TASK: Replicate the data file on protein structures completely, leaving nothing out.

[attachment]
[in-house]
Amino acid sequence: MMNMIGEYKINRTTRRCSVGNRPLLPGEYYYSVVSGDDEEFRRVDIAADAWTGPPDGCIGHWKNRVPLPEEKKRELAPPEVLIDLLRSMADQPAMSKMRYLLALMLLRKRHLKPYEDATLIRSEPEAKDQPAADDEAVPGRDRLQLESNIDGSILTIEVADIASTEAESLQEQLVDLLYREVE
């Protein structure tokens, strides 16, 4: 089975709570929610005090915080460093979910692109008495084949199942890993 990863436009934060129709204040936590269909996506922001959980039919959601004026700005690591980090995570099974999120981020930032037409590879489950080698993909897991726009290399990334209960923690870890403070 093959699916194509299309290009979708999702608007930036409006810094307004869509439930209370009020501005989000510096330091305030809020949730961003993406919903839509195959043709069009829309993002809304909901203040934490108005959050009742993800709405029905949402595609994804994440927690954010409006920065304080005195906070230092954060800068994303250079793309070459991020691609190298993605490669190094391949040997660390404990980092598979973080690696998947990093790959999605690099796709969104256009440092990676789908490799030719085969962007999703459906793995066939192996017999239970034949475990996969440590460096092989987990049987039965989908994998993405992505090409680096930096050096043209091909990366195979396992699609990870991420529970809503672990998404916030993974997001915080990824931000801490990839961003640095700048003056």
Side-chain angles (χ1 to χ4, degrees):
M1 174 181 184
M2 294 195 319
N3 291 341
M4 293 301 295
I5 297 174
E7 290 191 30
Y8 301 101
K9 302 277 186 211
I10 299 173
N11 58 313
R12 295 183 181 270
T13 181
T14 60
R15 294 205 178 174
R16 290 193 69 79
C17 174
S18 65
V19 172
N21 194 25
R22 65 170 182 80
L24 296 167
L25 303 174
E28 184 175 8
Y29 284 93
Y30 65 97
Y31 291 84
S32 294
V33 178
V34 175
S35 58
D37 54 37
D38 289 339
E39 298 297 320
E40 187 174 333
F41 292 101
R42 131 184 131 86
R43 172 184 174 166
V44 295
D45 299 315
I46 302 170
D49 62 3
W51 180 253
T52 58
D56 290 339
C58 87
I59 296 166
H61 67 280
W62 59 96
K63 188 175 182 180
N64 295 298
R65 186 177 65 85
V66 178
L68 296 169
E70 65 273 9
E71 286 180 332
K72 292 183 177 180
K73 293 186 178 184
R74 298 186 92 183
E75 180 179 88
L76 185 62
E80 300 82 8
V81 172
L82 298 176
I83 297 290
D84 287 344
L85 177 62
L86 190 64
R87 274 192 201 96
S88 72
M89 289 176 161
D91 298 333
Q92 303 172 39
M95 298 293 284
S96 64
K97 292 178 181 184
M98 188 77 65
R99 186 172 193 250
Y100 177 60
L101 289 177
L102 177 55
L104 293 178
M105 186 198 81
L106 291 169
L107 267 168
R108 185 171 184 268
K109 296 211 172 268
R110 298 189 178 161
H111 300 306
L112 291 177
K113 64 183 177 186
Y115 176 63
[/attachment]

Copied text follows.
[in-house]
Amino acid sequence: MMNMIGEYKINRTTRRCSVGNRPLLPGEYYYSVVSGDDEEFRRVDIAADAWTGPPDGCIGHWKNRVPLPEEKKRELAPPEVLIDLLRSMADQPAMSKMRYLLALMLLRKRHLKPYEDATLIRSEPEAKDQPAADDEAVPGRDRLQLESNIDGSILTIEVADIASTEAESLQEQLVDLLYREVE
């Protein structure tokens, strides 16, 4: 089975709570929610005090915080460093979910692109008495084949199942890993 990863436009934060129709204040936590269909996506922001959980039919959601004026700005690591980090995570099974999120981020930032037409590879489950080698993909897991726009290399990334209960923690870890403070 093959699916194509299309290009979708999702608007930036409006810094307004869509439930209370009020501005989000510096330091305030809020949730961003993406919903839509195959043709069009829309993002809304909901203040934490108005959050009742993800709405029905949402595609994804994440927690954010409006920065304080005195906070230092954060800068994303250079793309070459991020691609190298993605490669190094391949040997660390404990980092598979973080690696998947990093790959999605690099796709969104256009440092990676789908490799030719085969962007999703459906793995066939192996017999239970034949475990996969440590460096092989987990049987039965989908994998993405992505090409680096930096050096043209091909990366195979396992699609990870991420529970809503672990998404916030993974997001915080990824931000801490990839961003640095700048003056």
Side-chain angles (χ1 to χ4, degrees):
M1 174 181 184
M2 294 195 319
N3 291 341
M4 293 301 295
I5 297 174
E7 290 191 30
Y8 301 101
K9 302 277 186 211
I10 299 173
N11 58 313
R12 295 183 181 270
T13 181
T14 60
R15 294 205 178 174
R16 290 193 69 79
C17 174
S18 65
V19 172
N21 194 25
R22 65 170 182 80
L24 296 167
L25 303 174
E28 184 175 8
Y29 284 93
Y30 65 97
Y31 291 84
S32 294
V33 178
V34 175
S35 58
D37 54 37
D38 289 339
E39 298 297 320
E40 187 174 333
F41 292 101
R42 131 184 131 86
R43 172 184 174 166
V44 295
D45 299 315
I46 302 170
D49 62 3
W51 180 253
T52 58
D56 290 339
C58 87
I59 296 166
H61 67 280
W62 59 96
K63 188 175 182 180
N64 295 298
R65 186 177 65 85
V66 178
L68 296 169
E70 65 273 9
E71 286 180 332
K72 292 183 177 180
K73 293 186 178 184
R74 298 186 92 183
E75 180 179 88
L76 185 62
E80 300 82 8
V81 172
L82 298 176
I83 297 290
D84 287 344
L85 177 62
L86 190 64
R87 274 192 201 96
S88 72
M89 289 176 161
D91 298 333
Q92 303 172 39
M95 298 293 284
S96 64
K97 292 178 181 184
M98 188 77 65
R99 186 172 193 250
Y100 177 60
L101 289 177
L102 177 55
L104 293 178
M105 186 198 81
L106 291 169
L107 267 168
R108 185 171 184 268
K109 296 211 172 268
R110 298 189 178 161
H111 300 306
L112 291 177
K113 64 183 177 186
Y115 176 63